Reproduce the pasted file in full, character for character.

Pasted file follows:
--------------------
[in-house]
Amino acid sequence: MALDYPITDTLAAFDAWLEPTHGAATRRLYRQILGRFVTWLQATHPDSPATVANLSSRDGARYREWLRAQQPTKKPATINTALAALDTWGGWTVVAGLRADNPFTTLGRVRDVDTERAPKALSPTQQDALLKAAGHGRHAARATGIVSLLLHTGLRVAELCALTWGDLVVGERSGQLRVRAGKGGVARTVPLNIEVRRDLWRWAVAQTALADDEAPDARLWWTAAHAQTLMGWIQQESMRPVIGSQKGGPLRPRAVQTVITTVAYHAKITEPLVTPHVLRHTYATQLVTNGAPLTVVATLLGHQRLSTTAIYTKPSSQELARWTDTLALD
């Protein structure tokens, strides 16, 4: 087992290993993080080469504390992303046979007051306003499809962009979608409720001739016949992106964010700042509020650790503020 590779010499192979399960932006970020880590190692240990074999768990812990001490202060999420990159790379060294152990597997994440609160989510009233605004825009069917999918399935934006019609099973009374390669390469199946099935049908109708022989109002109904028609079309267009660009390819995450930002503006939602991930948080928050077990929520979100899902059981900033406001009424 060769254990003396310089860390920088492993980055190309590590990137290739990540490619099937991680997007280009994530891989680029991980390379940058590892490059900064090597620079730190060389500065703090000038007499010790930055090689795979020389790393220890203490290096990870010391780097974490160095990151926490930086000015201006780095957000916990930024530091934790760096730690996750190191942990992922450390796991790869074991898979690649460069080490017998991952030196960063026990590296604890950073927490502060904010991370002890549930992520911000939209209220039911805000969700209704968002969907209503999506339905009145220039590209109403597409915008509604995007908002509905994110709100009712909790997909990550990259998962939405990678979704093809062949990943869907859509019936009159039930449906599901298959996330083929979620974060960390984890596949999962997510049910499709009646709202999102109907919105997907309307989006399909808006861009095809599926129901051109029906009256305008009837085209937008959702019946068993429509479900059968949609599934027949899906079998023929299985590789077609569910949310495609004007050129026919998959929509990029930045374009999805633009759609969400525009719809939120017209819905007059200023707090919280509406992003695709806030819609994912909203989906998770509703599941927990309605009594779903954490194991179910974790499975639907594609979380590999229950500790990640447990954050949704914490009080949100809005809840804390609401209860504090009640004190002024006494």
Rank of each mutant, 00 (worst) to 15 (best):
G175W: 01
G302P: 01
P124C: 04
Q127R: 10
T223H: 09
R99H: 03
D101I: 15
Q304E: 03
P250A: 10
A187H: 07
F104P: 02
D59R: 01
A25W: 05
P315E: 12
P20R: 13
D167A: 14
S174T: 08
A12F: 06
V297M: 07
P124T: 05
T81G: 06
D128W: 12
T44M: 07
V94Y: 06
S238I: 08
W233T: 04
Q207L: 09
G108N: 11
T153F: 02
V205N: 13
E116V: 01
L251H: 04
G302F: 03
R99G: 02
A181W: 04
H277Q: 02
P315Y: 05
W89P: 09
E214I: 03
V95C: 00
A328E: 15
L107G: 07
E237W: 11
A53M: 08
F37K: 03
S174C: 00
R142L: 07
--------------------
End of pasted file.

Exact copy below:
[in-house]
Amino acid sequence: MALDYPITDTLAAFDAWLEPTHGAATRRLYRQILGRFVTWLQATHPDSPATVANLSSRDGARYREWLRAQQPTKKPATINTALAALDTWGGWTVVAGLRADNPFTTLGRVRDVDTERAPKALSPTQQDALLKAAGHGRHAARATGIVSLLLHTGLRVAELCALTWGDLVVGERSGQLRVRAGKGGVARTVPLNIEVRRDLWRWAVAQTALADDEAPDARLWWTAAHAQTLMGWIQQESMRPVIGSQKGGPLRPRAVQTVITTVAYHAKITEPLVTPHVLRHTYATQLVTNGAPLTVVATLLGHQRLSTTAIYTKPSSQELARWTDTLALD
């Protein structure tokens, strides 16, 4: 087992290993993080080469504390992303046979007051306003499809962009979608409720001739016949992106964010700042509020650790503020 590779010499192979399960932006970020880590190692240990074999768990812990001490202060999420990159790379060294152990597997994440609160989510009233605004825009069917999918399935934006019609099973009374390669390469199946099935049908109708022989109002109904028609079309267009660009390819995450930002503006939602991930948080928050077990929520979100899902059981900033406001009424 060769254990003396310089860390920088492993980055190309590590990137290739990540490619099937991680997007280009994530891989680029991980390379940058590892490059900064090597620079730190060389500065703090000038007499010790930055090689795979020389790393220890203490290096990870010391780097974490160095990151926490930086000015201006780095957000916990930024530091934790760096730690996750190191942990992922450390796991790869074991898979690649460069080490017998991952030196960063026990590296604890950073927490502060904010991370002890549930992520911000939209209220039911805000969700209704968002969907209503999506339905009145220039590209109403597409915008509604995007908002509905994110709100009712909790997909990550990259998962939405990678979704093809062949990943869907859509019936009159039930449906599901298959996330083929979620974060960390984890596949999962997510049910499709009646709202999102109907919105997907309307989006399909808006861009095809599926129901051109029906009256305008009837085209937008959702019946068993429509479900059968949609599934027949899906079998023929299985590789077609569910949310495609004007050129026919998959929509990029930045374009999805633009759609969400525009719809939120017209819905007059200023707090919280509406992003695709806030819609994912909203989906998770509703599941927990309605009594779903954490194991179910974790499975639907594609979380590999229950500790990640447990954050949704914490009080949100809005809840804390609401209860504090009640004190002024006494």
Rank of each mutant, 00 (worst) to 15 (best):
G175W: 01
G302P: 01
P124C: 04
Q127R: 10
T223H: 09
R99H: 03
D101I: 15
Q304E: 03
P250A: 10
A187H: 07
F104P: 02
D59R: 01
A25W: 05
P315E: 12
P20R: 13
D167A: 14
S174T: 08
A12F: 06
V297M: 07
P124T: 05
T81G: 06
D128W: 12
T44M: 07
V94Y: 06
S238I: 08
W233T: 04
Q207L: 09
G108N: 11
T153F: 02
V205N: 13
E116V: 01
L251H: 04
G302F: 03
R99G: 02
A181W: 04
H277Q: 02
P315Y: 05
W89P: 09
E214I: 03
V95C: 00
A328E: 15
L107G: 07
E237W: 11
A53M: 08
F37K: 03
S174C: 00
R142L: 07